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Clean energy vehicle bill offered in Senate

| December 11, 2009
Vehicles using alternative fuel technologies, such as LNG, would get funding.

Vehicles using alternative fuel technologies, such as LNG, would get funding.

U.S. Sen. Debbie Stabenow (D-Mich.) and U.S. Congressman Gary Peters (D-Mich.) this week introduced the Advanced Vehicle Technology Act of 2009.

The legislation, cosponsored by Sens. Ron Wyden (D-Ore.) and Sherrod Brown (D-Ohio), would provide funding to help U.S. manufacturers and suppliers develop the next generation of advanced vehicles, including more fuel-efficient medium- and heavy-duty commercial trucks.

China has announced plans to lead the world in the production of electric cars and spends $288 million a day in developing clean energy technology, according to the U.S. Department of Energy. The bill seeks to make sure the United States don’t lose the race to create clean-energy jobs. Peters introduced similar legislation earlier this year in the U.S. House of Representatives, which passed 312-114.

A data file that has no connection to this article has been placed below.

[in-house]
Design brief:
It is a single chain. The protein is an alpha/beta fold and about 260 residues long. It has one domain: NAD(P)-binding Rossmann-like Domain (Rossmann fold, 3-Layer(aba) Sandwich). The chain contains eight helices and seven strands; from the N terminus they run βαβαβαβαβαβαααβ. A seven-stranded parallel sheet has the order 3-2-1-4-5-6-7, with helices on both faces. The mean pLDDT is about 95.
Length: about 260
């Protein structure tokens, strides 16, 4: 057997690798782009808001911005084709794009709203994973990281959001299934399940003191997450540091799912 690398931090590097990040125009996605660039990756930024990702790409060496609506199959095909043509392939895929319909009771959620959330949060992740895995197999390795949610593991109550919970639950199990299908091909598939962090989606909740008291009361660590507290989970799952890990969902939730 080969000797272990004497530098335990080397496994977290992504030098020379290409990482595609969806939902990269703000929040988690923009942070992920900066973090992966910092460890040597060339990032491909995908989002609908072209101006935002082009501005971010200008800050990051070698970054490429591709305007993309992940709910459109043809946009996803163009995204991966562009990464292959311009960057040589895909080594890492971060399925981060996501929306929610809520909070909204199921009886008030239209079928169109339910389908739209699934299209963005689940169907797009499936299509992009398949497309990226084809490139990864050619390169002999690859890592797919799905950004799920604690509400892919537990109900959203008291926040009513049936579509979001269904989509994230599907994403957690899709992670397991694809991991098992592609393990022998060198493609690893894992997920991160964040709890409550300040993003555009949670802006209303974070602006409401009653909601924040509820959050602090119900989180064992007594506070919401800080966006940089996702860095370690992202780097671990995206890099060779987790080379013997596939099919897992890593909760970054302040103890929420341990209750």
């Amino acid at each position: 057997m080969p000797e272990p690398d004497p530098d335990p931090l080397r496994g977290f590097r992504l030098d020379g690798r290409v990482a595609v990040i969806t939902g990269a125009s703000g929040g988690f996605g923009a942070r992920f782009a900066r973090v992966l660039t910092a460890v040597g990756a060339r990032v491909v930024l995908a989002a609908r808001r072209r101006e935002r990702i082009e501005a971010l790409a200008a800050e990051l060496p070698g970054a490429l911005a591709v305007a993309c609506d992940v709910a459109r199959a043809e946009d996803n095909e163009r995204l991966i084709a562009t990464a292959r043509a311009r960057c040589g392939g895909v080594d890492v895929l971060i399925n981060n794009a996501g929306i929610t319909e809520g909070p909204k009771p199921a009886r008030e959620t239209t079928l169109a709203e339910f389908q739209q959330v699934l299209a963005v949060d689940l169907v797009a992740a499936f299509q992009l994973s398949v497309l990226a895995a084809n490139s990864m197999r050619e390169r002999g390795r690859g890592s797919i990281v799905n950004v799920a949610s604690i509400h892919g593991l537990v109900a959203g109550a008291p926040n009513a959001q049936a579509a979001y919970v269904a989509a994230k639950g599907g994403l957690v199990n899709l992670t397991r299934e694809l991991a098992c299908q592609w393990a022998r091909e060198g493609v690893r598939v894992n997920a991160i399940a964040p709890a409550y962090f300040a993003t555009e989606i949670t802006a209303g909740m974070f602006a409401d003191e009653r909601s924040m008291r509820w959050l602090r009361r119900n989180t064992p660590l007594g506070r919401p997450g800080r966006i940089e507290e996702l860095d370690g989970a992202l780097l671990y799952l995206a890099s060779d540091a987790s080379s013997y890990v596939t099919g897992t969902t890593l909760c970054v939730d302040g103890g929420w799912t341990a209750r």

“We need to build the new vehicles of the future here in America in order to create clean-energy jobs in Michigan and across the country,” Stabenow says. “The Advanced Vehicle Technology Act will provide crucial dollars to help our manufacturers and suppliers develop and deploy technologies to make more fuel-efficient vehicles, reducing our dependence on foreign oil and foreign technologies.”

The legislation will provide funding to the U.S. Department of Energy for advanced vehicle research and development. The funding will be available through competitive grant awards for small, medium and large manufacturers and suppliers that develop technologies to improve the energy efficiency of vehicles. These efforts include hybrid and electrical systems, advanced batteries and energy storage devices, hydrogen and natural gas systems, refueling and recharging infrastructure, and other advanced vehicle technologies.

The bill is supported by a wide range of supporters from small, medium and large suppliers, manufacturers, environmental associations and business organizations. “It is fitting and proper for the federal government to leverage these private-sector dollars through support and coordination at the U.S. Department of Energy to achieve the national goals of vehicle hybridization, energy efficiency and reduced dependence on foreign oil,” says Ken Rogers, Automation Alley executive director.

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